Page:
YOU ARE HERE: LAT HomeCollections

Destination: Europe

Cost Quandary: Rent a Car or Stick to Trains?


When you travel to Europe, should you explore by car or by train? It all depends.

My preference, based on the city-based itineraries I favor, is to travel by train (or connecting bus) wherever possible. In 30 years of frequent transatlantic travel, I've rented a car only four times. What I definitely don't want on my vacation is to be trapped behind the wheel in an urban traffic jam. My wife, also a daily commuter, agrees with me.

But the editors of Consumer Reports Travel Letter, a monthly publication of Consumers Union, have a different view. For parties of two, the cost-conscious newsletter reports in its May issue, a rented car is often the most economical way to get around Europe. "Hundreds of dollars can hang on your decision," it says. Italy, where rail fares are inexpensive, is an exception.

Europe is linked by an extensive rail network and, at least in most northern European countries, trains tend to be clean, comfortable, fast and on time, and service between cities generally is frequent and convenient.

A drawback is that many trains do not offer reserved seating, and in summer they can be packed full. Petty theft has also been a problem on some routes, particularly on overnight trains.

A car allows you the flexibility of traveling at your own convenience, and it gets you into the countryside much more easily. And rental rates this year are either stable or cheaper than they were last year, according to the newsletter.

But theft of luggage from parked cars is also a problem in some European countries. I have heard sad stories from Spain of tourists who, stopping to visit a historic site, locked all their valuables in the car trunk only to return to find the trunk emptied.

So which way, by car or by train, is best for you?

Cost, of course, is an important factor--and the Consumer Reports newsletter makes some very informative comparisons of the expense of taking a train or renting a car in several European countries (see below). But the decision--car or train or a combination of both--also rests on a number of other variables.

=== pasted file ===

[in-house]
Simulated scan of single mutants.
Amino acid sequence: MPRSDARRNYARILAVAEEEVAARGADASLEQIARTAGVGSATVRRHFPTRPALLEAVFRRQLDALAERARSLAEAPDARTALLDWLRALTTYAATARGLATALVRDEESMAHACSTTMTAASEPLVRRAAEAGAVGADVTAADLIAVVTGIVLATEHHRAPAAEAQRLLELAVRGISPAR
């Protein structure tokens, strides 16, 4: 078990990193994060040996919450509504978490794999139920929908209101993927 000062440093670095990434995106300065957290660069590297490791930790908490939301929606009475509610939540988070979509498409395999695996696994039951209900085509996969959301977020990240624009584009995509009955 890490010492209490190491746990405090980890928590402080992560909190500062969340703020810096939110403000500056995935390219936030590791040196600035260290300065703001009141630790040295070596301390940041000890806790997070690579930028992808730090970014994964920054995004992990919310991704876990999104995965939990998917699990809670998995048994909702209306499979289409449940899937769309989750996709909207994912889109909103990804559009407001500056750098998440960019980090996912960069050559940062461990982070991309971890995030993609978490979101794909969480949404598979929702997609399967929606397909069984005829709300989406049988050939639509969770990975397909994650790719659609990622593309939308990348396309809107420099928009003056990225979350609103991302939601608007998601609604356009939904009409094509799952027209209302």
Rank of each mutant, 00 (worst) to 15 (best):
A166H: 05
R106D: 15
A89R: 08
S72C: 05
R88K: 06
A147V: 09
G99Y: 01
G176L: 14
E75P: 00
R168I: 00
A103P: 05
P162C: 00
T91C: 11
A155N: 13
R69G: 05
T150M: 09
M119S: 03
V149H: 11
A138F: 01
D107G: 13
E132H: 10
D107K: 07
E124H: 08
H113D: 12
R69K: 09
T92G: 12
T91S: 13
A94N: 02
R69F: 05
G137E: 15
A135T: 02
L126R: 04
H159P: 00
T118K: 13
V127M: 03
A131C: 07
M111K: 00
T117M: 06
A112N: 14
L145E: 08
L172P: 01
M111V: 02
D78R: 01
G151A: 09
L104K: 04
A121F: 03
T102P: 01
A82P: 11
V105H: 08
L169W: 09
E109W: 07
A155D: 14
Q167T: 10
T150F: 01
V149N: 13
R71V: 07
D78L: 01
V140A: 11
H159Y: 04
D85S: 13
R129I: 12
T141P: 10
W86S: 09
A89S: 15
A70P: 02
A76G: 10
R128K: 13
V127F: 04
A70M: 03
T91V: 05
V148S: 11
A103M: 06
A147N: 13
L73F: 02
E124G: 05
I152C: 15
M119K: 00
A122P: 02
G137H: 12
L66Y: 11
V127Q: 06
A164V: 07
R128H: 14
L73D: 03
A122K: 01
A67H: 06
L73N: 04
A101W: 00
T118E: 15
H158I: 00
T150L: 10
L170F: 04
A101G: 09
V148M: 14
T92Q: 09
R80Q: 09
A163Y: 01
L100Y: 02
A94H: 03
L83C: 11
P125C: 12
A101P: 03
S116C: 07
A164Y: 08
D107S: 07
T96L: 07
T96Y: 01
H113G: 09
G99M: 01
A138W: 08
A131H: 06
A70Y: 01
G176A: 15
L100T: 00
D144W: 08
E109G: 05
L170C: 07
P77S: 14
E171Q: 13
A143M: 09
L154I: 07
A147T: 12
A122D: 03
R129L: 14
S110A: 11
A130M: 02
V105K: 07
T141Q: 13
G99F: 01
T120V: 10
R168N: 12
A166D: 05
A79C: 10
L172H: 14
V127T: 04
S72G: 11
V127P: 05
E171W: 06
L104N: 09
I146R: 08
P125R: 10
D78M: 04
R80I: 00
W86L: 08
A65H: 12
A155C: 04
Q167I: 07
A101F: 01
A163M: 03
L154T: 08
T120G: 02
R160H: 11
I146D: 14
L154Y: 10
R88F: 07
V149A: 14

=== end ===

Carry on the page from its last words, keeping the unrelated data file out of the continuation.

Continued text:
Encased in a car, I sometimes get the feeling that I'm isolated from the country I'm visiting. Only English is spoken within, and encounters with local folks are infrequent. On a train, however, I'm often plunged into the middle of European life and languages. Part of the fun of travel is watching how different cultures do ordinary things differently, such as eating lunch--and a train is great for people-watching and people-meeting.

My wife and I were bound by train--the Zapadni Express--from Frankfurt to Prague in early 1990, just after the fall of the Communist regime in Prague. Initially, we were a little apprehensive about what we might find following the upheaval in what was then Czechoslovakia. But our experience on the train eased all our worries.

Soon after the train crossed the border into Czechoslovakia, the lunch car opened its doors, and we got our first glimpse of the mood of the country, and it obviously was a happy one. The car quickly filled with local people, many of whom seemed to be returning to Prague after a weekend in the country. They buzzed with the chatter and laughter of a crowd in a popular beer hall.

A comic waiter in white apron, full of high spirits, zipped from table to table, depositing bowls of thick soup and large plates of salami, dark bread and mustard.

What did we want? he asked in fair English. We looked around, pointed to the salami and beer on the table across the aisle, and he was back in a flash.

Already, we were beginning to feel comfortable in the country. We lingered over our beers, caught up in a wonderful afternoon of people-watching. The fun of visiting a free Prague had already begun. In a car, we would have missed this.

Among the variables in deciding how you should get around Europe:

* Is this your first European trip? If so, I'd recommend the train. Like many first-timers, you are apt to want to cover a lot of ground--skimming the continent's highlights under the assumption this may be your only chance to see all the places that intrigue you. The train will get you between Europe's capitals quickly, and unlike on an airplane flight, you can glimpse the countryside en route.

* What do you hope to see and do? As I said, I'm fascinated by Europe's cities--large and small--and so far I've not tired of visiting them. I've been to Venice and Vienna at least four times, and I'm eager to return. The train gets me into the heart of each city, and I can walk, use public transportation or catch a cab to my hotel. In the traffic-clogged streets of Europe, a car is an aggravation, and parking can be expensive. But you almost certainly will need a car if you plan to rent a villa in a village.

Los Angeles Times Articles